Today, We will pursue the exploration of my album’s Track list with Ravel. Not that we’re done with Janáček yet, believe me, but let’s take a little detour by one of my favorite pieces ever, Gaspard de la nuit. For those who know me close enough, they know how I adore this piece and that I could speak about it for hours. Written in 1908, during a very dark period of the composer’s life, it represents for me the quintessence of piano writing. From a technical point of view, of course, this dense triptych is still considered as the most difficult work for piano in the standard repertoire. But more than this, the piece shows such a large range of colors and emotions that it requires from the pianist a heart, sensitiveness, creativeness and imagination more than in any other piano work. The thing is: with Gaspard de la nuit, you can’t cheat. You can’t pretend to be anything but what you are.
The first piece of Gaspard de la nuit is Ondine. So my first question is: what is an ondine? To keep it short, an ondine is a water nymph or water spirit. Interesting fact about ondines: Ondines are said to be able to gain a soul by marrying a man and bearing his child. Other interesting fact about ondines: they are supposed to have a beautiful voice and sing to charm men. Ondines are popular characters in literature as well as in music (I’m thinking especially about Dvořák’s Rusálka as the perfect example).
Reading Aloysius Bertrand’s poem (epigraph to Ondine), we clearly understand the picture: An Ondine comes out of the lake, tries to charm a man. She’s singing a song telling him she’s a princess and has a marvellous liquid castle. Of course, she asks the man to marry her, but he refuses, saying he already loves a mortal. She “wept a few tears, burst out laughing and vanished in showers that formed white trickles down my blue windowpanes” (Aloysuis Bertrand).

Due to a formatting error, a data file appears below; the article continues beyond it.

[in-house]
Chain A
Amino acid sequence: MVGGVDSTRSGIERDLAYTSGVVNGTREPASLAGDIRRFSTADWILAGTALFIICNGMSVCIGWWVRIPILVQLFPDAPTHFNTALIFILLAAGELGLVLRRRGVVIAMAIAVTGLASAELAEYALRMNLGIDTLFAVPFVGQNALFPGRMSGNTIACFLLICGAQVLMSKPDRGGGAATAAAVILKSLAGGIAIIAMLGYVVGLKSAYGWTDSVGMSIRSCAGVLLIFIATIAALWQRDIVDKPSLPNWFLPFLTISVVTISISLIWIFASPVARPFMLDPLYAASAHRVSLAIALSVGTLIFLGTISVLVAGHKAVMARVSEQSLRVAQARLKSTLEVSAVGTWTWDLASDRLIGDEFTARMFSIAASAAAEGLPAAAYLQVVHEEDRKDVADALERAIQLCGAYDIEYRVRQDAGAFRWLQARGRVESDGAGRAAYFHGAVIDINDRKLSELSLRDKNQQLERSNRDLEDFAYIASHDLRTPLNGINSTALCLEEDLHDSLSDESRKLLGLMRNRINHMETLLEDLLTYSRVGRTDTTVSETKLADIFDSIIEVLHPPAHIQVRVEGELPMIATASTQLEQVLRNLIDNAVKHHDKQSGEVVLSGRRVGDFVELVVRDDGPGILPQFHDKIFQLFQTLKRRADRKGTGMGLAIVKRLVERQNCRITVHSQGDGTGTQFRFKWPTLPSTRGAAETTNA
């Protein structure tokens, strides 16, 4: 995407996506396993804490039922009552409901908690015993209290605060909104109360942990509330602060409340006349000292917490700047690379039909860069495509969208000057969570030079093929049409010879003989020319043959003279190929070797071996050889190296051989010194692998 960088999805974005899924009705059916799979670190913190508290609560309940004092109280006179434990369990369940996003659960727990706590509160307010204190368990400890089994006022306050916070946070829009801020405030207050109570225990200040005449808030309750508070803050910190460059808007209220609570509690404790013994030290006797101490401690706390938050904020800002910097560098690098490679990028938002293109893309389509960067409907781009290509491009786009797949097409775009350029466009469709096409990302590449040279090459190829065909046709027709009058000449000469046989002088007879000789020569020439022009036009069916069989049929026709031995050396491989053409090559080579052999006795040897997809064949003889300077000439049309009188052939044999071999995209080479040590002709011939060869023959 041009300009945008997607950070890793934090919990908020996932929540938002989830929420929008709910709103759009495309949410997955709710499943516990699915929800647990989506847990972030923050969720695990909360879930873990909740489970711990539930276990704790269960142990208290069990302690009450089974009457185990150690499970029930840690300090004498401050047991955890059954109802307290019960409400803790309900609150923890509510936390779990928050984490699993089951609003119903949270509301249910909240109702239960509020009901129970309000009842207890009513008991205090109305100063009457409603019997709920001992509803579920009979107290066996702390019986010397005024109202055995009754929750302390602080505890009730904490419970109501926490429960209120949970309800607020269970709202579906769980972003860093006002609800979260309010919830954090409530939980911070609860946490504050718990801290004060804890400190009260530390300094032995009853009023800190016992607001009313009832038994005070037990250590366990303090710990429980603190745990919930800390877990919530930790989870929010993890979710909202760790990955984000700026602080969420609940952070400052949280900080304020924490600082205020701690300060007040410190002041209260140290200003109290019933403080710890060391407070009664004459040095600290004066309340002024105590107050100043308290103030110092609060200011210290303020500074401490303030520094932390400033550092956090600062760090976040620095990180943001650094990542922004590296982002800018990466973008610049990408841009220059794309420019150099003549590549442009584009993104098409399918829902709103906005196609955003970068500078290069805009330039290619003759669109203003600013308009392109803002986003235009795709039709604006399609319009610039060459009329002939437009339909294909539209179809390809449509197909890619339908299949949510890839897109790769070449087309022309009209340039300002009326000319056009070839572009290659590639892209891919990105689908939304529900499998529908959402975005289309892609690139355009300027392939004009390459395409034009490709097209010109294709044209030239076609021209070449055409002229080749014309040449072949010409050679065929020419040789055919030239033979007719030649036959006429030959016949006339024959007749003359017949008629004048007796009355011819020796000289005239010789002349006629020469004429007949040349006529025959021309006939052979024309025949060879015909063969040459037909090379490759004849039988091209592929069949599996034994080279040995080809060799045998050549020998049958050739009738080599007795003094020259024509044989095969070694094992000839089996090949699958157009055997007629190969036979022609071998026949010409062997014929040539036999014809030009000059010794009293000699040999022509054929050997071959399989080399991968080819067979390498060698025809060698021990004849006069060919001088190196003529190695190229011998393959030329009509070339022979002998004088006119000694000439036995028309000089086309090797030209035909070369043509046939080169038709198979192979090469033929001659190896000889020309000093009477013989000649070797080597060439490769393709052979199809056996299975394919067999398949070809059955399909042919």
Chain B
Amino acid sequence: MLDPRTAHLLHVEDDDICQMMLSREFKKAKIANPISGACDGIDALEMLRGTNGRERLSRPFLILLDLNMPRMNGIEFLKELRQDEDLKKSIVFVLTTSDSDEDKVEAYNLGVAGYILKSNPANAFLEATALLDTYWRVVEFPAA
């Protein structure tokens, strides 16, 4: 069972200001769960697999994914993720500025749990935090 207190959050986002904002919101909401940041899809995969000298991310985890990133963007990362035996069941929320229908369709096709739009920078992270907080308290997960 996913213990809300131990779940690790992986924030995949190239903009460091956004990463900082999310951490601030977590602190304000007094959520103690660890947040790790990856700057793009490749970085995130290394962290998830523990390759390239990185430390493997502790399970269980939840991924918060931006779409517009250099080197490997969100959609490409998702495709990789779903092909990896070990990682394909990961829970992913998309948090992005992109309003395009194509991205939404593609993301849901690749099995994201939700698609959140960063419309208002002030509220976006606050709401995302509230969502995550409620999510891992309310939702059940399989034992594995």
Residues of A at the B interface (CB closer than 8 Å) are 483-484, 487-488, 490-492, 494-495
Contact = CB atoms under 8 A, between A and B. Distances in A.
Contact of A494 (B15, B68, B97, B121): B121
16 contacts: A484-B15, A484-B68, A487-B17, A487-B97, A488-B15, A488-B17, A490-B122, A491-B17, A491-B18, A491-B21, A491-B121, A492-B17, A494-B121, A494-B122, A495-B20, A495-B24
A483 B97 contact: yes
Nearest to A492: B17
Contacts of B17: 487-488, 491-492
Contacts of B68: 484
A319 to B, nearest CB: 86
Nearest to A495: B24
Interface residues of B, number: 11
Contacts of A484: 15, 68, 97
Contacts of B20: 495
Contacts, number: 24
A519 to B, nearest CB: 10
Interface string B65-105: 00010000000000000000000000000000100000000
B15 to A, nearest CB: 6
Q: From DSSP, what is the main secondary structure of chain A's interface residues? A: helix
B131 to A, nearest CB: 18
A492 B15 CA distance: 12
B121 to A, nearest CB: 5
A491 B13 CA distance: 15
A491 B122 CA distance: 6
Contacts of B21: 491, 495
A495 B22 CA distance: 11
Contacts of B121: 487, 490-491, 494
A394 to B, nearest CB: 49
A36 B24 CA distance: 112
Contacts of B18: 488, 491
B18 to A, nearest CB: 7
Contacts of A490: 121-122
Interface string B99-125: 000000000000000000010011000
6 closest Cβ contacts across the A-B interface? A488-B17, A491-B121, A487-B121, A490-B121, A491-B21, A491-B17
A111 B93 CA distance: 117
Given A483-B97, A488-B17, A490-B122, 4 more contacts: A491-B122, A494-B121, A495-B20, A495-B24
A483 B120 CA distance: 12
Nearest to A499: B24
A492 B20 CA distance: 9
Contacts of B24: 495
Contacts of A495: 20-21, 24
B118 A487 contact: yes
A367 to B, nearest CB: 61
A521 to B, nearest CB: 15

Why am I telling this story? Because Gaspard de la nuit is program music. How could I deny that? Ravel sticks to the poem and expresses in music what Aloysius Bertrand expresses in words. Let’s take two easy examples.
Ondine begins with a sort of tremelo (right hand) and a beautiful melody (left hand).
In this beginning, you can make a connection with two elements qualifying Ondine : water (the “tremolos”) and her singing (the melody). The narrative content is here : Ravel describes the scene for us. In the background, water flows. In the foreground, Ondine is singing.
Let’s now take the last part of the poem : She [...] Burst out laughing and vanished in showers that formed white trickles down my blue windowpanes. Now, have a look at the last page of the score:
Isn’t this fast ascending arpeggio with a crescendo to fortissimo a musical burst of laughter? And aren’t the following descending arpeggiandos perfectly expressing Ondine vanishing in showers?
Ravel is generally considered to be one of the greatest impressionists. He didn’t like this categorization at all and wrote music far from being impressionist (Concerto in G for example) but in Ondine he uses fast movements of sounds in the pianissimo dynamic, explores timbres of the piano, finds new sound effects and place the colour of sound in the foreground. So typically impressionist.
Ravel choose in the first of Gaspard de la nuit to tell us the story of Ondine using his musical talent as a narrative technique and carefully selected his colors to depict the scene as he pictured it. That’s why, when listening to Ondine, I expect the pianist to be creative enough with sound effects, colors and textures to be able to tell me this dense story. That’s one of the challenge of Gaspard.
This was my first post about Ondine and in the next one, we’ll still talk about Ondine, but more specifically about Ravel’s experiments in this piece, featuring, as a guest star, Hermann von Helmholtz.